Dec. 5, 2008 A team of researchers from the University of the Balearic Islands (UIB) has developed a computer model that enables the generation of faces which for the first time display emotions and moods according to personality traits.
“The aim of this work has been to design a model that reveals a person's moods and displays them on a virtual face”, SINC was informed by one of the authors of the study, Diana Arellano, from the UIB’s Computer and Artificial Intelligence Graphics and Vision Unit. “In the same 3-D space we have integrated personality, emotions and moods, which had previously been dealt with separately”, Arellano explained to SINC.
The researcher pointed out that emotions (such as fear, joy or surprise) are almost instantaneous mood alterations, in contrast to emotional states (such as boredom or anxiety) which are more long-lasting, or personality, which normally lasts someone's entire life. The designers have followed the theories of Albert Mehrabian to draw up the model, based on the five personality traits established by this American psychologist: extraversion, neuroticism, openness, conscientiousness and agreeableness.
“Every personality can be considered an emotional state by default”, indicated Arellano. An introverted and neurotic personality is therefore related to an anxious emotional state. The points of the face that define these emotions can be determined mathematically, and the algorithms developed by computer experts can be used to obtain different facial expressions “quickly and easily”. The system, which uses the MPEG-4 video coding standard for creating images, makes it possible to display basic emotions (anger, disgust, fear, joy, sadness, surprise) and intermediate situations.
The results of the method have been assessed objectively (through an automatic recognizer which identified 82% of the expressions generated) and subjectively, through a survey carried out among a group of 75 university students. The students successfully recognised 86% of the emotions and 73% of the emotional states shown on the computer.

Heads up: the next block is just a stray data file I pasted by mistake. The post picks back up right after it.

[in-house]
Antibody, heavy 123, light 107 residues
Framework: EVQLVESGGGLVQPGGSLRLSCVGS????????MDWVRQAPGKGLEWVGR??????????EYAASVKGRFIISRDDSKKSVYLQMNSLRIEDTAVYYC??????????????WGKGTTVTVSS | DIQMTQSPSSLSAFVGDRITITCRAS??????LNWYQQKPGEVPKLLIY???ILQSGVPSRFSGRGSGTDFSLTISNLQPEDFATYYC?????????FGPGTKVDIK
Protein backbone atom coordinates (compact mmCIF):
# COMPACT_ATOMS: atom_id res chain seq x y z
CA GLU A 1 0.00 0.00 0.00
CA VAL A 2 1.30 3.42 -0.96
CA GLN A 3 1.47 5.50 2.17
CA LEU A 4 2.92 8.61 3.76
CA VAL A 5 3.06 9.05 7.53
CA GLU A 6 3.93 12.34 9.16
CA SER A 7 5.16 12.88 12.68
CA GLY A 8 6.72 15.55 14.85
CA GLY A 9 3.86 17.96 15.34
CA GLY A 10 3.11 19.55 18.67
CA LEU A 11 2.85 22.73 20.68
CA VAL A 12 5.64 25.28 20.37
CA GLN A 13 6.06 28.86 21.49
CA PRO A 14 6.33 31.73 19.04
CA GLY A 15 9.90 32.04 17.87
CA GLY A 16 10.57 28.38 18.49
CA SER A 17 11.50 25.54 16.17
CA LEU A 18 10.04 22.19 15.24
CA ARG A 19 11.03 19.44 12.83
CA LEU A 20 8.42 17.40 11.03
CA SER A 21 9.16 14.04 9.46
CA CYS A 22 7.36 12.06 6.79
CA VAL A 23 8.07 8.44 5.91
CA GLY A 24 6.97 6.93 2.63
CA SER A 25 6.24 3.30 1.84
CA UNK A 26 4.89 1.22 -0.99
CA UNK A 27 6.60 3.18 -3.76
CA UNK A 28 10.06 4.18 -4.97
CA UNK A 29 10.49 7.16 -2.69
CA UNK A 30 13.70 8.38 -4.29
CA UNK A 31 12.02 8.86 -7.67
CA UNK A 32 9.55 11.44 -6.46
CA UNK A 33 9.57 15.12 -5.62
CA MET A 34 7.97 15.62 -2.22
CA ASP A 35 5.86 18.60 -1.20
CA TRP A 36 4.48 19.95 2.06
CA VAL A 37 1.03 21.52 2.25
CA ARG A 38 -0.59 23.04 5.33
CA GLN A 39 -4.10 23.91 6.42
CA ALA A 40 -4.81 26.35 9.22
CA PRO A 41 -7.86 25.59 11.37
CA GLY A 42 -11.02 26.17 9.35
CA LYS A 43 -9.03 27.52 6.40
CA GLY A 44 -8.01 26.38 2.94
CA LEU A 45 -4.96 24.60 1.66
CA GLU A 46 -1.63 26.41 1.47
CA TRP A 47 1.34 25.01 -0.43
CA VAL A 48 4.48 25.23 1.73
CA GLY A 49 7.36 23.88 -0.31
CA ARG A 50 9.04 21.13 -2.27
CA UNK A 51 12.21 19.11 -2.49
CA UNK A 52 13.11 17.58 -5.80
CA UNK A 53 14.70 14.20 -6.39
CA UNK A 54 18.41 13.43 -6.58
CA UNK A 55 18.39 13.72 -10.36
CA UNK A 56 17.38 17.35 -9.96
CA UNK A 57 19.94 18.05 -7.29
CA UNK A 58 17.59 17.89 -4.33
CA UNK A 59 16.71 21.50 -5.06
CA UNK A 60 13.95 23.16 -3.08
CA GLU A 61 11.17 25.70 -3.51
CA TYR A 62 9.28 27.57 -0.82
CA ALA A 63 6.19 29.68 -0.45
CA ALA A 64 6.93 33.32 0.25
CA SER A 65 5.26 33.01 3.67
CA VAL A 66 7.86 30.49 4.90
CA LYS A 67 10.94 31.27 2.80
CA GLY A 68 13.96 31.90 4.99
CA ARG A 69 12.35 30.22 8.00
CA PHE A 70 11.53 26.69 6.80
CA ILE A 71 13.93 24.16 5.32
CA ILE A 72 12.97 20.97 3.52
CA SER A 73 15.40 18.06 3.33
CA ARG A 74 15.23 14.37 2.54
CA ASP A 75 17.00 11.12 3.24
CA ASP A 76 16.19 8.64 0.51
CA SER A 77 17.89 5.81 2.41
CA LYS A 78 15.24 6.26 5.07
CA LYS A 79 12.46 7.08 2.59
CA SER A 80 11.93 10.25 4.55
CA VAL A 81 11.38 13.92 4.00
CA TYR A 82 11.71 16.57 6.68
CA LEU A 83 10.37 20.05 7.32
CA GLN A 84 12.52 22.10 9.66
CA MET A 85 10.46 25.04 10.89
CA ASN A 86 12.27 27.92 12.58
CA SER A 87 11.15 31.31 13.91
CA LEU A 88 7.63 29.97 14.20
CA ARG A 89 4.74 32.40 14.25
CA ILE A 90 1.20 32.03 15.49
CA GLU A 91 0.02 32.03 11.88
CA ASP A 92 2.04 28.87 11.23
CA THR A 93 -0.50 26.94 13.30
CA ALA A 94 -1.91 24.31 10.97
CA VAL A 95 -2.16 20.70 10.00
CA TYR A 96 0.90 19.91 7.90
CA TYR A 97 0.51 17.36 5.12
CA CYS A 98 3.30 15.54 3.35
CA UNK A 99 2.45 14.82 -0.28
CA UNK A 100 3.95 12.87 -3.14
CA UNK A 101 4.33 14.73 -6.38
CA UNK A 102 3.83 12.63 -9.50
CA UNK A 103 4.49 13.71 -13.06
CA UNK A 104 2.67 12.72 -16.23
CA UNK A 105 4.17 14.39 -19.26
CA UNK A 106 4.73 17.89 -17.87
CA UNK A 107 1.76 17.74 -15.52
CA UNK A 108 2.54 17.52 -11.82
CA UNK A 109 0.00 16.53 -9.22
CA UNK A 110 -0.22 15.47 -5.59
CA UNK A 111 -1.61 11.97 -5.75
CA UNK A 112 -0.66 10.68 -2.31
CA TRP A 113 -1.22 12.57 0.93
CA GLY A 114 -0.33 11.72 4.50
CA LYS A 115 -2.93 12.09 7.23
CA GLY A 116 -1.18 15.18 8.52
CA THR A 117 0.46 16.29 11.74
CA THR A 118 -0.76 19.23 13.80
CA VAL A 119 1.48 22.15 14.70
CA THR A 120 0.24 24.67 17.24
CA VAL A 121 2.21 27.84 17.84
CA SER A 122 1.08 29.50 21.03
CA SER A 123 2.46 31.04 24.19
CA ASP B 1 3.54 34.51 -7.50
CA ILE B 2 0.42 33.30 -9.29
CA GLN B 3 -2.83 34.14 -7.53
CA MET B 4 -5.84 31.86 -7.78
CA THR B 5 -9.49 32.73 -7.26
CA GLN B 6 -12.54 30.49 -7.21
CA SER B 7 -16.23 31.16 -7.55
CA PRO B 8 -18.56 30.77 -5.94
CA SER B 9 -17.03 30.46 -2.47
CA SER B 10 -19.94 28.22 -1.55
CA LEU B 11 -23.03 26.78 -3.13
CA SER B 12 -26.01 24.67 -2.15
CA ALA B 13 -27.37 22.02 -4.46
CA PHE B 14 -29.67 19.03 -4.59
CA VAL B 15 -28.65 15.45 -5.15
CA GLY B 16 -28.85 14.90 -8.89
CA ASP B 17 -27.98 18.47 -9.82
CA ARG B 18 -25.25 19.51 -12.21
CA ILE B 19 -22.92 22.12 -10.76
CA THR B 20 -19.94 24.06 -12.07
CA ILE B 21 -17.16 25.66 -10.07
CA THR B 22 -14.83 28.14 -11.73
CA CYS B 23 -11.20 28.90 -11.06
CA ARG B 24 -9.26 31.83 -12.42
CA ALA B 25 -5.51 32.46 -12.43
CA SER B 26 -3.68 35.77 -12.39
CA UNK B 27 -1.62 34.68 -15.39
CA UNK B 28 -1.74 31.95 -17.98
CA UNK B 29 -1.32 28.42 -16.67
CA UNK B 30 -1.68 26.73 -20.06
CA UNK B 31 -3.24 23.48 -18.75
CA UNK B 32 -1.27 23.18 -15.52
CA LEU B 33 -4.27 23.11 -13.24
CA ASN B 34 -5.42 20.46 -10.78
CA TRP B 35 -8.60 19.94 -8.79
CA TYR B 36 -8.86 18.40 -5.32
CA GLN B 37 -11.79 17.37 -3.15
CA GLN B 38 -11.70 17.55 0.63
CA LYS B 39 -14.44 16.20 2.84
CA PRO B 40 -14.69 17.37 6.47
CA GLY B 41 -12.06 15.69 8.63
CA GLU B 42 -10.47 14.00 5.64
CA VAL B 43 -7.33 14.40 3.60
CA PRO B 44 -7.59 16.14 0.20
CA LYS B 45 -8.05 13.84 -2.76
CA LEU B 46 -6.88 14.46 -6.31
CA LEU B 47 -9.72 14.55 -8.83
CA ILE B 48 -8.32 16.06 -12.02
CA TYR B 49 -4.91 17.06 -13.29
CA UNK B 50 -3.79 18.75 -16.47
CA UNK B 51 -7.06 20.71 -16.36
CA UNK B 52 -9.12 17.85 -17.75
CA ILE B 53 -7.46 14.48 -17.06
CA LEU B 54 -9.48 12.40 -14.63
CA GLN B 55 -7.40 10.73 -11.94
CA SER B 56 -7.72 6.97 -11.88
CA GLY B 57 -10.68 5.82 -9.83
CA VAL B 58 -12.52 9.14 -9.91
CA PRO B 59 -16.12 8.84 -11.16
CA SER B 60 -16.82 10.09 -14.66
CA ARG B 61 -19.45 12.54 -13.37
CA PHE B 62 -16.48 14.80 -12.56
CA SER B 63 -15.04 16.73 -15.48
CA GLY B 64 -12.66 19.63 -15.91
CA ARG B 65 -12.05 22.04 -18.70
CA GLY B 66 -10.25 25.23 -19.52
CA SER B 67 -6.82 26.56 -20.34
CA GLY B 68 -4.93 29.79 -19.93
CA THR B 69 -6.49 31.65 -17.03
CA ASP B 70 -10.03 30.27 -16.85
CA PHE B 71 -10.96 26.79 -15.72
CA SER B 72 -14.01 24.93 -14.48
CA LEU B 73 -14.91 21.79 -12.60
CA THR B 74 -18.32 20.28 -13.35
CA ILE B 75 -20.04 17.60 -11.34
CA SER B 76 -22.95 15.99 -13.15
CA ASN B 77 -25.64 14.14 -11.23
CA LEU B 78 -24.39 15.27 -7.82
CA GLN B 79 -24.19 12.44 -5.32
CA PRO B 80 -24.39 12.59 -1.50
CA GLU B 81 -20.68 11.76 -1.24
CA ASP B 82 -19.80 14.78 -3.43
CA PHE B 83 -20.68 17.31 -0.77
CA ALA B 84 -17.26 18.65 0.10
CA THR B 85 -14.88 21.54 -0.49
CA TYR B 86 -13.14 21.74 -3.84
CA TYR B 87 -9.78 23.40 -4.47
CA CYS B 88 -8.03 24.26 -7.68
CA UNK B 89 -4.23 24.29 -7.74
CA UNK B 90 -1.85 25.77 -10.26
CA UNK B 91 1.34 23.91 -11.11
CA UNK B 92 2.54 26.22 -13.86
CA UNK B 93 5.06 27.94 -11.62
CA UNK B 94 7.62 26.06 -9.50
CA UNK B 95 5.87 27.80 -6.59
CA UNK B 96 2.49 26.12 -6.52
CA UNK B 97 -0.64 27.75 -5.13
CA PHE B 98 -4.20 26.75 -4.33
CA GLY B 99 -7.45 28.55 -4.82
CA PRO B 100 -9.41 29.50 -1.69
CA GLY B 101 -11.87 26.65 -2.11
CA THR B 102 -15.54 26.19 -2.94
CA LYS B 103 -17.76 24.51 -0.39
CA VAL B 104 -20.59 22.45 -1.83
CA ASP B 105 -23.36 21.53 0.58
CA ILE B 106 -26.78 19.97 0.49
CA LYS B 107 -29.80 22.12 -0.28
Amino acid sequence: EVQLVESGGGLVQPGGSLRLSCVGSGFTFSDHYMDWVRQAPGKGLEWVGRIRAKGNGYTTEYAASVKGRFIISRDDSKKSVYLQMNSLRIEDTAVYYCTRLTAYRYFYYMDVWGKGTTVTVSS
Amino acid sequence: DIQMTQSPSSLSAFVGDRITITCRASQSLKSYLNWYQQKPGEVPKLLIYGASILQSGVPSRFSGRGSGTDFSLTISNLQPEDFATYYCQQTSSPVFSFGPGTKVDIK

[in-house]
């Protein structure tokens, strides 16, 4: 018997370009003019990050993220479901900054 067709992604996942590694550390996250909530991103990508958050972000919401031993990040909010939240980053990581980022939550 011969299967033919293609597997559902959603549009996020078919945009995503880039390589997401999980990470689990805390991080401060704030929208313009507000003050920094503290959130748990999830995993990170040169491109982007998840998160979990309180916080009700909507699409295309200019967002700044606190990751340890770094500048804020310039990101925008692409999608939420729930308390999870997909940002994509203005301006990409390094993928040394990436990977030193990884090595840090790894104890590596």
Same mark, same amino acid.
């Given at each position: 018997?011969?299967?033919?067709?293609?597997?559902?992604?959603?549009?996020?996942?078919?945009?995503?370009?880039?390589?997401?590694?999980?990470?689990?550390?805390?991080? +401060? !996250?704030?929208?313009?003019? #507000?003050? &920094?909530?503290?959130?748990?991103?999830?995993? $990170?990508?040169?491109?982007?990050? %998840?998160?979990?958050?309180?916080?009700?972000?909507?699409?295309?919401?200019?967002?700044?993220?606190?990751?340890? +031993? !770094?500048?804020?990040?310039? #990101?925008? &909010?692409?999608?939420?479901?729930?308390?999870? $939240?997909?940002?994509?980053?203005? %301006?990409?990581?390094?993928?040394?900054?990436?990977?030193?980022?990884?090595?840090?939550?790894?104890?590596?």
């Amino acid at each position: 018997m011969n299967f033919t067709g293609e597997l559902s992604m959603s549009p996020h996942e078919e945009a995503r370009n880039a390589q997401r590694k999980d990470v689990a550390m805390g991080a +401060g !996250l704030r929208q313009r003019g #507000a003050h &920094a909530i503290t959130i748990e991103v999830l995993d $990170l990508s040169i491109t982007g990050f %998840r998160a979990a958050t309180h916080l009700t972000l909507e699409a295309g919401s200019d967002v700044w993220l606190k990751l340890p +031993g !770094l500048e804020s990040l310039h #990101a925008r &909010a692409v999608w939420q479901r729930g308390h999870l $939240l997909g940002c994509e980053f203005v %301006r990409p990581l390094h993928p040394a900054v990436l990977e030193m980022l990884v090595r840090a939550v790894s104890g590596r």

Even so, the researchers have detected that some emotions, such as fear and surprise, are difficult to tell apart, with context helping to differentiate between the two. The team is already working in this line and prepared a virtual storyteller which enriches the narration, using its face to express the emotions generated by the story told.
Arellano also points out that the display of emotions not only depends on the facial expression, but also the existence of various other factors such as gestures, voice or head movements which also help to correctly interpret an emotion, since personality has an obvious effect on them.
The researchers believe that this model could be applied in both educational environments (virtual tutors and presenters with personality traits) and in video game characters or interactive stories that have their own emotional motor. “Our next step is to leave the MPEG-4 standard aside and concentrate on a high-quality generic network which will enable the inclusion of both wrinkles and eye, eyelid and head movements, as well as synthesize the voice”, the researcher concluded.
The study has been published in the latest edition of the magazine Computer Animation and Virtual Worlds.
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- Arellano et al. Generation and visualization of emotional states in virtual characters. Computer Animation and Virtual Worlds, 2008; 19 (3-4): 259 DOI: 10.1002/cav.234
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